Hamden officials take precautions as EEE virus found in Connecticut

(Updated on Oct. 7, 10:17 a.m.)

Three people have died in eastern Connecticut after contracting Eastern Equine Encephalitis from mosquitoes carrying the EEE virus, and a fourth person remains hospitalized with EEE, according to a Connecticut Department of Public Health press release from Oct. 1.

Scientists are testing mosquitoes across the state for the EEE virus and as of Oct. 5 The Connecticut Agricultural Experiment Station reported that 19 towns have found EEE-positive mosquitoes. While no mosquitoes carrying the virus have been detected in Hamden, North Haven or New Haven, local officials, including those at Quinnipiac, are urging residents to avoid the outdoors between dusk and dawn when the mosquitoes are most active.

According to  CAES , these are the locations that have tested positive for mosquito pools in Connecticut.

According to CAES, these are the locations that have tested positive for mosquito pools in Connecticut.

Starting on Oct. 1, Mayor Curt Balzano Leng suspended town and school activities from dusk until dawn at the recommendation of the regional public health organization, the Quinnipiack Valley Health District. Officials are taking extra precautions to limit resident exposure to mosquitoes after scientists found insects carrying the virus in Bethany. Public health officials note that the species of mosquito found in Bethany does not typically bite humans, but commonly feeds on birds.

Quinnipiac officials are also taking caution, restricting outdoor activities and events that occur just after the sun sets and rises.

Connecticut Governor Ned Lamont issued a press release  on Sept. 24 warning residents to be careful, but not panic, after the first person died from EEE this year. Officials have also put up warning signs on highways all over the state to spread the message and encourage people to “avoid outdoors [at] dusk and dawn” even in towns where EEE infected mosquitoes have not been found. (Click on the image below to see the full message of the sign near the I-95 on-ramp in Milford).

Connecticut isn’t alone, as local news outlets report Rhode Island has experienced three human cases and one death from EEE. Massachusetts has experienced 11 human cases and four deaths.

Steve Mansfield, the health director of the Ledge Light District, which includes much of eastern Connecticut, was one of the first health officials to deal with re-emergence of EEE in the state.

“We were contacted by the state department of epidemiology a few weeks ago to notify us about the first positive mosquito pools in Connecticut,” Mansfield said. “The most important thing now is we’re waiting for a hard frost because that’s how the mosquitos will die.”

Mansfield explained that the EEE virus is relatively uncommon. Prior to this year, Connecticut had not seen any cases of EEE since 2013. 

“Although the disease is very severe, it’s between 30 to 50 percent fatality rate and it’s extremely rare,” Mansfield said.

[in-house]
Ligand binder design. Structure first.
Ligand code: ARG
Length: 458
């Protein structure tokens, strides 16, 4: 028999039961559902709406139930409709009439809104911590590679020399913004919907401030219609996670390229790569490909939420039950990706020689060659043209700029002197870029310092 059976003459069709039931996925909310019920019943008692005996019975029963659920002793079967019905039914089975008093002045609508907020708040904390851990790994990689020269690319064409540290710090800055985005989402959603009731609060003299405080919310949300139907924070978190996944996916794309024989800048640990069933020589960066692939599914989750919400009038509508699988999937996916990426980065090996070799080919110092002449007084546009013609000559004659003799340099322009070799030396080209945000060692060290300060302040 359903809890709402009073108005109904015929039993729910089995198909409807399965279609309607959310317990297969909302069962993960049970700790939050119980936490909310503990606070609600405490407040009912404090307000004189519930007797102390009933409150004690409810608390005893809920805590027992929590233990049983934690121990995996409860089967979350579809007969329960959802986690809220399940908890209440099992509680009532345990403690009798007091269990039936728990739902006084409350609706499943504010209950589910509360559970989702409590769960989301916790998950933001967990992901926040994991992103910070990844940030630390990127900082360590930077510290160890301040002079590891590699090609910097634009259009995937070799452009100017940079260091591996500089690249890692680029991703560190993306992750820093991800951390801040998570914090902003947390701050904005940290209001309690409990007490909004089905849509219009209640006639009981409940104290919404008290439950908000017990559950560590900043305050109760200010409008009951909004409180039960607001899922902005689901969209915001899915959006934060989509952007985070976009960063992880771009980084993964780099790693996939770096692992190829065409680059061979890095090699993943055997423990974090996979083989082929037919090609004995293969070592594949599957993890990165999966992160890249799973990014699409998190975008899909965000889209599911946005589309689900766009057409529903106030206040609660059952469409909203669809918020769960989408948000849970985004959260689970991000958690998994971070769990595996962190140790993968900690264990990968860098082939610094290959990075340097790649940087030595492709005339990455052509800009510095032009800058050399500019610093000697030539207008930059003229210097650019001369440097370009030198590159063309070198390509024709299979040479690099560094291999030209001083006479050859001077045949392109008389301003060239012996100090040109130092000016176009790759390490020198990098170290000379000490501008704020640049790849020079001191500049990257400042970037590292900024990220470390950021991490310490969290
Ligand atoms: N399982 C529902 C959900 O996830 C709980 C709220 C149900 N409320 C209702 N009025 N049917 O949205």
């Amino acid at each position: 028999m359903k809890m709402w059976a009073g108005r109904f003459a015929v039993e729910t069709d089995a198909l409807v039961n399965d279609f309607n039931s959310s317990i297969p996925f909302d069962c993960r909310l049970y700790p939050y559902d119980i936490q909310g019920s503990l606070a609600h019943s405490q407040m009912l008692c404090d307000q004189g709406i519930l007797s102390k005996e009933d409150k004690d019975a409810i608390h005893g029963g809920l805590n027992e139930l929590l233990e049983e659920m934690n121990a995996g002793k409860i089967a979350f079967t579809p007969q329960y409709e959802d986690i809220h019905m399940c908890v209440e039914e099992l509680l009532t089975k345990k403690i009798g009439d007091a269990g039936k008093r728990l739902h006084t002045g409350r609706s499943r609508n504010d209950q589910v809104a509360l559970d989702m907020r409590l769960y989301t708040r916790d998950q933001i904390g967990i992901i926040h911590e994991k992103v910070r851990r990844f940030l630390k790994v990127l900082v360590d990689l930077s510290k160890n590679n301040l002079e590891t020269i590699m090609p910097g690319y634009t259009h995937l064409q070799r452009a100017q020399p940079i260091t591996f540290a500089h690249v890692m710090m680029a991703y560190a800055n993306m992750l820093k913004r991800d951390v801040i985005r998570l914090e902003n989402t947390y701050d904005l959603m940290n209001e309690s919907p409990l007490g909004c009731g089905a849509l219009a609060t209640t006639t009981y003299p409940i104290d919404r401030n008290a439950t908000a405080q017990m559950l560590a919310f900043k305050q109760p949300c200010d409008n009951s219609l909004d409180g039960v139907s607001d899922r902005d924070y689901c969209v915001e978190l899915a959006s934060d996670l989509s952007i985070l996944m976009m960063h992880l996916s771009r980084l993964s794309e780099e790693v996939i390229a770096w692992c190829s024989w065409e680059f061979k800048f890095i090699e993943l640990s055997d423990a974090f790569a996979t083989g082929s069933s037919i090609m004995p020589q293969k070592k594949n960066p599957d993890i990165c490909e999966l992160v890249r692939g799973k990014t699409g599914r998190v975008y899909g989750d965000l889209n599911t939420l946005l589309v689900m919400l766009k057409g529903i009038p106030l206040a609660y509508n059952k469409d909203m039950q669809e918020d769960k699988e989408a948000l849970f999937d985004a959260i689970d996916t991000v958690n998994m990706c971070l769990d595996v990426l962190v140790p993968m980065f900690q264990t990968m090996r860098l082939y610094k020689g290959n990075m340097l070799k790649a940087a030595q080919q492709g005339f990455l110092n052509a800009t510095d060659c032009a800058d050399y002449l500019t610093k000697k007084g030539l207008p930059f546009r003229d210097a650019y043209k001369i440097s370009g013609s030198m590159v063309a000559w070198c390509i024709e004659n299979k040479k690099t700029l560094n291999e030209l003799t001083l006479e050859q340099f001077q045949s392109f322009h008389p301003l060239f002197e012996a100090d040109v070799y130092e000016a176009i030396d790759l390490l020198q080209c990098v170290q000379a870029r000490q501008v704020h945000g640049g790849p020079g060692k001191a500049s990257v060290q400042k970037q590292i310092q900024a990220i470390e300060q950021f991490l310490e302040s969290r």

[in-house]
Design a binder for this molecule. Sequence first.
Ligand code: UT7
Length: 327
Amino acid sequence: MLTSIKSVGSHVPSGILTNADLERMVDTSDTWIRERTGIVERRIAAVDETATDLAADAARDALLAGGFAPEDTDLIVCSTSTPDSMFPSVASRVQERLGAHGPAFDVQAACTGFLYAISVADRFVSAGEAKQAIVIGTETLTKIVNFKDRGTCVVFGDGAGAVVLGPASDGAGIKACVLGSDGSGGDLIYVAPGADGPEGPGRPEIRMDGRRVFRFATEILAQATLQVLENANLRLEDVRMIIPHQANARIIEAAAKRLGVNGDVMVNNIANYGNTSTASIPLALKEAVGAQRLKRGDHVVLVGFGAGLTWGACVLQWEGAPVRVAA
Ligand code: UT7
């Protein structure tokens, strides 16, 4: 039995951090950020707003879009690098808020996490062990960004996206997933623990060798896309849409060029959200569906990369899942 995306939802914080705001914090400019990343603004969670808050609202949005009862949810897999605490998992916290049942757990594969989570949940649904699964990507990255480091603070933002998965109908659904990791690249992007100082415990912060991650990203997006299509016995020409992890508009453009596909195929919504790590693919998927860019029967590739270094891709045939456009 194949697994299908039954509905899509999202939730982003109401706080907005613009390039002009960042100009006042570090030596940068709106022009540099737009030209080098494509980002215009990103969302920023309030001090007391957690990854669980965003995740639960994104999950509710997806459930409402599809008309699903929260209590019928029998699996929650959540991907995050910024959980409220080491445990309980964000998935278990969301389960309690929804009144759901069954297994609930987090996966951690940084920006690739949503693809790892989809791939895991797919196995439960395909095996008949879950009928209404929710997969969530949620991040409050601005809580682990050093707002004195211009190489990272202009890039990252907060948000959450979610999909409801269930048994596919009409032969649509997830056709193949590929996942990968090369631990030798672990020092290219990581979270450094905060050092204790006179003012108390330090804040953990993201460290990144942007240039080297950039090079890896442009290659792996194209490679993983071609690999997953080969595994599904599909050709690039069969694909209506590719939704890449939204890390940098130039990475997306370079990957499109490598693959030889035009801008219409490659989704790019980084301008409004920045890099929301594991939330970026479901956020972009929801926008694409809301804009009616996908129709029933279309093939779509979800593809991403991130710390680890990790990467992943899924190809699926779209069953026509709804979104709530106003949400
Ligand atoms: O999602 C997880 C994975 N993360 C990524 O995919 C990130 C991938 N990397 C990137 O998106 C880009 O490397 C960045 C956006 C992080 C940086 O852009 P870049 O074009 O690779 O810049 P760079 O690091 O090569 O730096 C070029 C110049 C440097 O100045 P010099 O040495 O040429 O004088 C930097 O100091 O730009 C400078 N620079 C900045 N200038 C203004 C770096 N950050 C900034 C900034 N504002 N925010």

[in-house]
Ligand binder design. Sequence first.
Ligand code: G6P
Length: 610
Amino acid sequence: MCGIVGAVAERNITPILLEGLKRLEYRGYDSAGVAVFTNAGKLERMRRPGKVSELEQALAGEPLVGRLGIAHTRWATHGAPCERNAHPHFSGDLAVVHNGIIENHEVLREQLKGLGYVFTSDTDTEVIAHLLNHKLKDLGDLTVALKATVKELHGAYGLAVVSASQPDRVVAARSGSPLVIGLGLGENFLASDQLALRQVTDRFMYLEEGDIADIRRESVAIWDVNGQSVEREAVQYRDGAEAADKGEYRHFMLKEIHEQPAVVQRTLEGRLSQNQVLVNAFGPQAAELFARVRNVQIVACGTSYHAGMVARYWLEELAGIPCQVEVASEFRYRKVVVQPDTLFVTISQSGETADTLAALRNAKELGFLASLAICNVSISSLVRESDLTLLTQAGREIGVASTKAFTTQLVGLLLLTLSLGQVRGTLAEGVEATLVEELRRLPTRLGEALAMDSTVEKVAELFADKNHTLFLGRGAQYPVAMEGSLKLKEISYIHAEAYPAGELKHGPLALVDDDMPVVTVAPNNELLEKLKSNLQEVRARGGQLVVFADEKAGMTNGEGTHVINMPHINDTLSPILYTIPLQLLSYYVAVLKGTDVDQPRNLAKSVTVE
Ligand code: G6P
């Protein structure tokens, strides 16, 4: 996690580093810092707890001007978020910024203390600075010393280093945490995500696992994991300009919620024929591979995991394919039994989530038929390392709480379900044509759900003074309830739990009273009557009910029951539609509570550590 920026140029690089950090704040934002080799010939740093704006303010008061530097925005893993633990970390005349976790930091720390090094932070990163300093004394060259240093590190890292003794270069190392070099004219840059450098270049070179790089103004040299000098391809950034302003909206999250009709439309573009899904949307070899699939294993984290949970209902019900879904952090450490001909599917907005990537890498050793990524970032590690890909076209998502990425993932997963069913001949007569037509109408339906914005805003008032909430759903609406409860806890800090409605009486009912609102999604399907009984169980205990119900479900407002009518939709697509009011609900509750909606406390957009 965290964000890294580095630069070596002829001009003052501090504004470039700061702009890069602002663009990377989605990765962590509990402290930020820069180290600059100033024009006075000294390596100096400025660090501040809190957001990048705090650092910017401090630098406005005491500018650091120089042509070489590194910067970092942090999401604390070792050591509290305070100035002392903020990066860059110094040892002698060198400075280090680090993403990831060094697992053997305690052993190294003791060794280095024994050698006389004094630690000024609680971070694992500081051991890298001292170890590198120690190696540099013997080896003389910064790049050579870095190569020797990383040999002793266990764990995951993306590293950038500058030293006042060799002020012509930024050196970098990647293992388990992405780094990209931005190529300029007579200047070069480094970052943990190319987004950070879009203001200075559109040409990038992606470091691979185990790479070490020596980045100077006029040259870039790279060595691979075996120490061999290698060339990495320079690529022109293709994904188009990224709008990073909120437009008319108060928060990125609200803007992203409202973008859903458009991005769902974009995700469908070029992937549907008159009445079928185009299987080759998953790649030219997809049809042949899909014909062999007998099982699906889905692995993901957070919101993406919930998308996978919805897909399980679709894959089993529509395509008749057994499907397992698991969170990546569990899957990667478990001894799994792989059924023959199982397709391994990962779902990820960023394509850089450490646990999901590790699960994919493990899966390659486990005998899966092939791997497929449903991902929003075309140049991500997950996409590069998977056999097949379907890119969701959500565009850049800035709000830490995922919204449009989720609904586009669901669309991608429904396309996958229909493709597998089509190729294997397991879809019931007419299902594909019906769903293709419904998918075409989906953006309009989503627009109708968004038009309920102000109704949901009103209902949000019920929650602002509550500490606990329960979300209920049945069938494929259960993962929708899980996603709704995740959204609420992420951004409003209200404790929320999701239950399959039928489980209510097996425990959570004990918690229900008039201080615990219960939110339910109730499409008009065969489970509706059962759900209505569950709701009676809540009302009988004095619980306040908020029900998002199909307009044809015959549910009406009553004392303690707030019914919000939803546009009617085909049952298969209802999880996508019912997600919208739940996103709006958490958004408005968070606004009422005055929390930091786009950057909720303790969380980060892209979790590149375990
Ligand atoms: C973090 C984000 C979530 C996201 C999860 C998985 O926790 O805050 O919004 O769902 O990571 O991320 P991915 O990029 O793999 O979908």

Mansfield further explained that people who survive EEE typically suffer from cognitive impairment, such as impaired memory or dementia. Some symptoms of EEE include chills, fever, malaise (discomfort), arthralgia (joint pain), and myalgia (muscle pain). Symptoms don’t typically show up until three to ten days after a bite.

Towns across the state are taking different measures to protect residents.

Concerns about the virus have spread to high school athletics, which have postponed or moved up events, according to Twitter accounts from Xavier High School, Stonington High School, Ledyard High School and Windsor public schools.

Health officials say that limiting exposure to mosquitoes is a quick way to act upon the virus.

“I think it’s preventive, very cautious and assuring that people who do not want to take action against mosquito bites are not caught off guard,” said Balch of QVHD. “I don’t think it’s necessary in every town of the state to try to prevent mosquito bites.”

Mansfield added that Connecticut residents can take further steps to protect themselves.

“People can minimize outdoor activity around dusk and dawn, wear long sleeves or protective clothing that can cover as much skin as possible,” Mansfield said. “That’s the most effective way to prevent the disease.”

But getting the correct information out to the public is also key.

“We field a lot of phone calls from people who are very concerned and haven’t done their research,” said Mansfield. “They start asking questions, so the most important thing is spreading that message.”

Balch of the Quinnipiack Valley Health District wants residents to feel comfortable contacting her office for more information and guidance. 

“I do feel for anyone who is confused by the multiple messages or the level of messaging that’s going out from different areas of the state,” Balch said.

“Whether it’d be the media, department of transportation, from one town to the next town they must find it very confusing. I want them feeling comfortable calling the health department.”

To reach a public health official at QVHD, residents can call 203-248-4528.